United States CBDC would ‘crowd out’ crypto ecosystem: Ex-Biden adviser


The creation of a United States digital dollar would “crowd out” the cryptocurrency ecosystem and protect the national security of the U.S., according to a former top adviser in president Joe Biden’s administration.

Daleep Singh — a former deputy national security adviser for international economics in the Biden administration — made the comments at a Feb. 28 Senate Banking Committee hearing, suggesting that cryptocurrencies facilitate ransomware attacks and contribute to the evasion of U.S. sanctions.

Singh believes the U.S. government embracing a central bank digital currency (CBDC) “is the single best step that we could take [to protect national interests] because it would crowd out the ecosystem of crypto.”

Singh frames “crowding out” as a desirable development in his discussion of a CBDC but the phrase is generally used by economists to refer to how investments from governments can drive down or eliminate investments from private firms that could limit job creation and slow economic growth.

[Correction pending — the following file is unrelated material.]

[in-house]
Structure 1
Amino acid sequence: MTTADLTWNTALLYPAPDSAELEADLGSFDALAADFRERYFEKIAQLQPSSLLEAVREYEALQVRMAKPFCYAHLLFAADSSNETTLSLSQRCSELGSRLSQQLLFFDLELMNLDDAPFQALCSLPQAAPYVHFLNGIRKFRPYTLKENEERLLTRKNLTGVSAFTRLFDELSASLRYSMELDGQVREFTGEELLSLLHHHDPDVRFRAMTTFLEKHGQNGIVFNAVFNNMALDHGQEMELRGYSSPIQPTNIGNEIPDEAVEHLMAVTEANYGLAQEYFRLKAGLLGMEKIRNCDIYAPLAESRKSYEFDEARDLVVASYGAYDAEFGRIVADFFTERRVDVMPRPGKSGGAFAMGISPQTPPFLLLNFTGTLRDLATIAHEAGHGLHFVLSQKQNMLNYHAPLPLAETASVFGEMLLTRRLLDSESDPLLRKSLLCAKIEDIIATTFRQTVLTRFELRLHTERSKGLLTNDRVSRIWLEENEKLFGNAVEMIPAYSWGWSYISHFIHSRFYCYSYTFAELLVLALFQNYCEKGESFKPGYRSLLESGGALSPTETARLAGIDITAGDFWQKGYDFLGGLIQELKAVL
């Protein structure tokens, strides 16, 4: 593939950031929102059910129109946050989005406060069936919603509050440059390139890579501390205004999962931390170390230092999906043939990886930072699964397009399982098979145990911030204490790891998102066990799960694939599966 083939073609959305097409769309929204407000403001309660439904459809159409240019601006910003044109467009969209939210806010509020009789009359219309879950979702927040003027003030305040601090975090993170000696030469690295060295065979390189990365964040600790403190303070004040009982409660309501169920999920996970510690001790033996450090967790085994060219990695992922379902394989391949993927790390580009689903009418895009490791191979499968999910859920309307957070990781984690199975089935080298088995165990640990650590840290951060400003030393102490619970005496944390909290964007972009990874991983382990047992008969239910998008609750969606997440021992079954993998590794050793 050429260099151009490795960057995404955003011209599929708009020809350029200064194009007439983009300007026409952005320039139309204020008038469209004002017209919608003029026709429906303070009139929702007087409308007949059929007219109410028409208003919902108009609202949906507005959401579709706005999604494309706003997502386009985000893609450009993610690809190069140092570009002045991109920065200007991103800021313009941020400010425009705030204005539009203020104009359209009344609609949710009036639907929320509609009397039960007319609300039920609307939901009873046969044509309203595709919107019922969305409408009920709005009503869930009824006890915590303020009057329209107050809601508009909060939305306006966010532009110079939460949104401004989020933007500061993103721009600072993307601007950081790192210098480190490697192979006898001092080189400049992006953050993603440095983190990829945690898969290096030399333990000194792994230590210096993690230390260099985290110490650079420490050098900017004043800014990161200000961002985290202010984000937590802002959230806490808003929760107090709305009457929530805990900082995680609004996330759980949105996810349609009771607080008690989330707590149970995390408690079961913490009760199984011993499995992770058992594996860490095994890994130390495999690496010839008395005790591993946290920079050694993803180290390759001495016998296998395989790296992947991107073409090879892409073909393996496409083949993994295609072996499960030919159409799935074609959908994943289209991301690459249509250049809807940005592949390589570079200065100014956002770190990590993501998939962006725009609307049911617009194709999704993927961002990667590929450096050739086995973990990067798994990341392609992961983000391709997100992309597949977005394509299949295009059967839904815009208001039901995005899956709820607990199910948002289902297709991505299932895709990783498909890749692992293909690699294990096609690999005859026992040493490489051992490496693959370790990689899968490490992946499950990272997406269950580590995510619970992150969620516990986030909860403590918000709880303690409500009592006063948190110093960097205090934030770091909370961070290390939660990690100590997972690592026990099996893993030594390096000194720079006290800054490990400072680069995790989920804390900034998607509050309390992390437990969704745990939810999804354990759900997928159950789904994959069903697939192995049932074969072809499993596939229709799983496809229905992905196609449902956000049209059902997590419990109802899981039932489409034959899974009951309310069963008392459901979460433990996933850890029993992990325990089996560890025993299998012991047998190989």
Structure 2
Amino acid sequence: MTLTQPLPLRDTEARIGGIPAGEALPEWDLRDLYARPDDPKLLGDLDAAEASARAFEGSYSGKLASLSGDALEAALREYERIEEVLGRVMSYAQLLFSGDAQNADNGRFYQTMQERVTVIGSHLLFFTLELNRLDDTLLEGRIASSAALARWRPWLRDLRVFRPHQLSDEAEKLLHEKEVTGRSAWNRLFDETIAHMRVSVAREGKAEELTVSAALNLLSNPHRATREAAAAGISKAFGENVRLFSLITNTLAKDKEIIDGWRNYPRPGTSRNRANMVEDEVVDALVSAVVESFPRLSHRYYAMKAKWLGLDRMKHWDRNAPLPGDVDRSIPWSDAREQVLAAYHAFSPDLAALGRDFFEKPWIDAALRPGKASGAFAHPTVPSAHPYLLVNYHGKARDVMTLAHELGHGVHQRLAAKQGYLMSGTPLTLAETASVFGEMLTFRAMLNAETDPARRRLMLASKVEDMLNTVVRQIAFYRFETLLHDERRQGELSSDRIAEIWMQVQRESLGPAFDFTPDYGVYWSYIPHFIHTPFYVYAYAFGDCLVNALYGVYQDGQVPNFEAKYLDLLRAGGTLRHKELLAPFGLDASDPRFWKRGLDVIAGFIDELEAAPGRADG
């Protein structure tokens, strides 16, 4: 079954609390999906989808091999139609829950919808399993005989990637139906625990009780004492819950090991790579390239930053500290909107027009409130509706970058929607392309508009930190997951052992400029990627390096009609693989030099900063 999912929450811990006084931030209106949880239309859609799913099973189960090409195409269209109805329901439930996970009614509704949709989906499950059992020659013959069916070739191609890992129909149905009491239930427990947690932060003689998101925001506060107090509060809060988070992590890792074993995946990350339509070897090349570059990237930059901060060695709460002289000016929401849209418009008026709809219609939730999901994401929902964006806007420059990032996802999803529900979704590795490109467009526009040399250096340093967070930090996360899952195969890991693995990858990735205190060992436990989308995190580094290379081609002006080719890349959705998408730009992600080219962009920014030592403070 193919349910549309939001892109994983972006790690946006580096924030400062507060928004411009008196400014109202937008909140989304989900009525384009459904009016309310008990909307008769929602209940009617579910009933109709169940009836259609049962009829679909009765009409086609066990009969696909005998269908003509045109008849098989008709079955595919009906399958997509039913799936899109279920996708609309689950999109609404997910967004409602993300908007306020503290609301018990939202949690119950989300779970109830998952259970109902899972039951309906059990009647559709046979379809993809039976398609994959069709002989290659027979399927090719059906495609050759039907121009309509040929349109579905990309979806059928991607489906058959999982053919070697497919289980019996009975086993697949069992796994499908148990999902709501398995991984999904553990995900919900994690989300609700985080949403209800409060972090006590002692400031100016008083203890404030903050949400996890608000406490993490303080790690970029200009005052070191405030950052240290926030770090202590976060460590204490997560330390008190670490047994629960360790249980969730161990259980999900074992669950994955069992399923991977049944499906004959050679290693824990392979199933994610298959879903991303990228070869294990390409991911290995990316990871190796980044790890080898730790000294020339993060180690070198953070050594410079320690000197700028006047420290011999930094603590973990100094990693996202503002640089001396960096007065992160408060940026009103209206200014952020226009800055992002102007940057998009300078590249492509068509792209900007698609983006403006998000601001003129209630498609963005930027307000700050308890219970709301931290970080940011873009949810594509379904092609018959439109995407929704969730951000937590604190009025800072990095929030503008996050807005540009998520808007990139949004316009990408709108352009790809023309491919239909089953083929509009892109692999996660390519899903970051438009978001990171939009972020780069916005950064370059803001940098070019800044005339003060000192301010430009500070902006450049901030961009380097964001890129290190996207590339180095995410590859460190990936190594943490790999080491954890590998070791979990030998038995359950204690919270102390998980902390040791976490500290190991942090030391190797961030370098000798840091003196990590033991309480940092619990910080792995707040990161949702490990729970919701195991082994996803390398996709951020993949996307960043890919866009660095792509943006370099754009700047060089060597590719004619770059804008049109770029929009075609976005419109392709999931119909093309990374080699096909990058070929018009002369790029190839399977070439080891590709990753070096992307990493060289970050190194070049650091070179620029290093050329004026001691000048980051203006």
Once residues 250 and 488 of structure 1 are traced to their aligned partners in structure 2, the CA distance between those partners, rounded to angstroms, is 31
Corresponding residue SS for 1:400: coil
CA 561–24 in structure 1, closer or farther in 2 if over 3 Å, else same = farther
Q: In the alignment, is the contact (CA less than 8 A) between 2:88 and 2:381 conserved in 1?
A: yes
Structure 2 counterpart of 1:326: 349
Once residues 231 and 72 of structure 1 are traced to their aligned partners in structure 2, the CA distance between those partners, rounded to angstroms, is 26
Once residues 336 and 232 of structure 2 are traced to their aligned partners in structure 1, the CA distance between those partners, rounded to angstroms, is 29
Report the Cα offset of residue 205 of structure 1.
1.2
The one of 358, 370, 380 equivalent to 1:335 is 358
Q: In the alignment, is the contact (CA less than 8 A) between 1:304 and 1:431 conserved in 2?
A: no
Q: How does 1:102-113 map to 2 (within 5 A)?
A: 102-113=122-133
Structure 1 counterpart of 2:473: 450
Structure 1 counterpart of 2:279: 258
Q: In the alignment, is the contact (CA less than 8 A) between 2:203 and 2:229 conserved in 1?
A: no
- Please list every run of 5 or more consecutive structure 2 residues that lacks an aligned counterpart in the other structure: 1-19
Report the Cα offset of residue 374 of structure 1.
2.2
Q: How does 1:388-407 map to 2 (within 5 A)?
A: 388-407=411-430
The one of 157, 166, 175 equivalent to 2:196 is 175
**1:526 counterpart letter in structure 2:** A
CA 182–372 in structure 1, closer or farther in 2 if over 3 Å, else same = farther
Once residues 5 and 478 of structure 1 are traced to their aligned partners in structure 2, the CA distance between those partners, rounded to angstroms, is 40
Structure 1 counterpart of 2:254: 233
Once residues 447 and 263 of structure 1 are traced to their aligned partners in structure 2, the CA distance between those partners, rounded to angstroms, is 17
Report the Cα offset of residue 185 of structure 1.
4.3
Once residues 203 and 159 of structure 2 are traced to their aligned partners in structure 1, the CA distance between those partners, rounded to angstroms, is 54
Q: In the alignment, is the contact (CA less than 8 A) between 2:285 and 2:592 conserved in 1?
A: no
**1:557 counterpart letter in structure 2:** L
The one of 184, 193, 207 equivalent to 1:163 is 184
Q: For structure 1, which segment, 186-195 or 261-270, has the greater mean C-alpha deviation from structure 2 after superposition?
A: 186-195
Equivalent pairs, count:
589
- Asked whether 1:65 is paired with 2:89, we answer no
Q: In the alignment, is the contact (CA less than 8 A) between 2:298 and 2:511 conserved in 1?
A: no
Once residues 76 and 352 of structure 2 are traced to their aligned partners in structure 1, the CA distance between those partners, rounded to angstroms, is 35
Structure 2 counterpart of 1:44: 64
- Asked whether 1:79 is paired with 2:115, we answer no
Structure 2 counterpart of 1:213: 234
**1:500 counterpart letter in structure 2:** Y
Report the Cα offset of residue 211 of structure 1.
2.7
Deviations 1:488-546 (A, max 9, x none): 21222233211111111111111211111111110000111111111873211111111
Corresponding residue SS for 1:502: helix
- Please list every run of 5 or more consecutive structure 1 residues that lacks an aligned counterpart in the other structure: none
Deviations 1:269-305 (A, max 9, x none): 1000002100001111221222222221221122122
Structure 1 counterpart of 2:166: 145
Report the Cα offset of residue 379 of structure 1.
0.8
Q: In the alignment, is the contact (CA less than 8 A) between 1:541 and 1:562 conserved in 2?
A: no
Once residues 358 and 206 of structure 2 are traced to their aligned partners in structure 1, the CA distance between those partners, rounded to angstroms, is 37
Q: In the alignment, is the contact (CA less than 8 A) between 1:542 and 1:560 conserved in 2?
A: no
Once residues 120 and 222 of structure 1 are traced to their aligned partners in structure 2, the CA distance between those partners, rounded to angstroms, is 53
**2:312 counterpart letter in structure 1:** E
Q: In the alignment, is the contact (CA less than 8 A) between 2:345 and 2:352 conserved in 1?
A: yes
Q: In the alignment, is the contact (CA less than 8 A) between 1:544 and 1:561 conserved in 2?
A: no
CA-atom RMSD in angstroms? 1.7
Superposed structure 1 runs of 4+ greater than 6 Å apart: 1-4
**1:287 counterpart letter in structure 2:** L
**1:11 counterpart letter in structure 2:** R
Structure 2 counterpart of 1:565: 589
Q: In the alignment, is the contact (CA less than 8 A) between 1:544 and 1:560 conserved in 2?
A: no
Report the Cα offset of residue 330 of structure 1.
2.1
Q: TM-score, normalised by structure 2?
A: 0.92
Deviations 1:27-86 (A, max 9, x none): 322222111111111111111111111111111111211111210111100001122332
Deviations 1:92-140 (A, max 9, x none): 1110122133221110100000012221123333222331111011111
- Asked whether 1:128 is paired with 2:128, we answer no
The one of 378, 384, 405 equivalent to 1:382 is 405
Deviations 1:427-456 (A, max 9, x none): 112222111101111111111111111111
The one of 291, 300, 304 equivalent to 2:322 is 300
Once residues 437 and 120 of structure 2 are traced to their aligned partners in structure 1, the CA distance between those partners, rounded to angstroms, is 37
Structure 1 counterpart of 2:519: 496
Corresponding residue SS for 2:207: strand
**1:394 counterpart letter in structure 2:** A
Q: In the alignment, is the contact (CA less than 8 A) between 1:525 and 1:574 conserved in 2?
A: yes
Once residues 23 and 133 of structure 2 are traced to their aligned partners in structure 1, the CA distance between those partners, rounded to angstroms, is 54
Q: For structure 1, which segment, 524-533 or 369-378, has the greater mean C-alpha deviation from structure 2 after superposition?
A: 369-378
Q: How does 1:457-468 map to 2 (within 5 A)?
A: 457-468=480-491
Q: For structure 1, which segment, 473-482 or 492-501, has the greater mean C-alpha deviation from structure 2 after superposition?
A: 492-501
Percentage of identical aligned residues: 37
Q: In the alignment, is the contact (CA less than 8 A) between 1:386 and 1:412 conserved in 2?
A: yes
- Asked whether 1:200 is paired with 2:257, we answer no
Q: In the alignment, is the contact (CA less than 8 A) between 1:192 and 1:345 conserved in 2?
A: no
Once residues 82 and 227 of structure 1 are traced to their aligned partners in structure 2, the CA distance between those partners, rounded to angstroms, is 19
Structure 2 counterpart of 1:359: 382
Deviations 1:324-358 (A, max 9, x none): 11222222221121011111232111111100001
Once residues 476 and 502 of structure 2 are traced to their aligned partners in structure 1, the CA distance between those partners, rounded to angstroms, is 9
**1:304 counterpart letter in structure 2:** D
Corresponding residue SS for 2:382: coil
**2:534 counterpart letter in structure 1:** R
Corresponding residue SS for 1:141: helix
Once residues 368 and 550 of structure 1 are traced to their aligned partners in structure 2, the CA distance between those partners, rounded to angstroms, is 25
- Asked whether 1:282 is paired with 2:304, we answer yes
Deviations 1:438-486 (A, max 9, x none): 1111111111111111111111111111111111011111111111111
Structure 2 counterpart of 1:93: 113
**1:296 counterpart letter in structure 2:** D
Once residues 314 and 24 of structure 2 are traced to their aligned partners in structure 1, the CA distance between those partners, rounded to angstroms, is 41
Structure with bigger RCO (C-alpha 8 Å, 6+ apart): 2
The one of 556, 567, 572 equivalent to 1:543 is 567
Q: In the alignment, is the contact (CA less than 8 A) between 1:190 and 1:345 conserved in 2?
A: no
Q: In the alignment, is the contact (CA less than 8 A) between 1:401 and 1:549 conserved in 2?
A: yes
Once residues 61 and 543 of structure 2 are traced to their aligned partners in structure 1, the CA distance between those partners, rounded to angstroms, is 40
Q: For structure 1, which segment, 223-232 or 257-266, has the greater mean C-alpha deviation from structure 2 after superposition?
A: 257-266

In an interview with Cointelegraph laMay, Franklin Noll — the president of Consulting firm Noll Historical Consulting — also suggested that CBDCs could crowd out crypto, noting:

“The downside for crypto is that CBDCs will work to crowd out private cryptocurrencies, especially stablecoins focused on retail payment areas. Cryptocurrencies will stay in niches in the payment system where they serve unique functions and provide specialized services.”

While China has implemented its own CBDC, the U.S. is still exploring the potential benefits and risks associated with CBDCs.

Yana Fanusie, the policy lead at the crypto advocacy group Crypto Council for Innovation, said in a March 1 interview with Bloomberg that China is “leading the way” on CBDC development while the U.S. is “on the sidelines.”

Related: Bank of England has no tech skills to issue CBDC yet: Deputy governor

He added that developing alternative financial rails could spell “trouble” to the U.S. as they affect the “potency” of its power to enforce sanctions.

Others are more critical of the digital dollar plans, such as Representative Tom Emmer, who introduced legislation on Feb. 22 prohibiting the Federal Reserve from implementing monetary policy based on a CBDC and issuing a digital dollar directly to individuals.

Emmer is concerned that a CBDC could impact the financial privacy of American citizens, and be developed into a “dangerous surveillance tool.”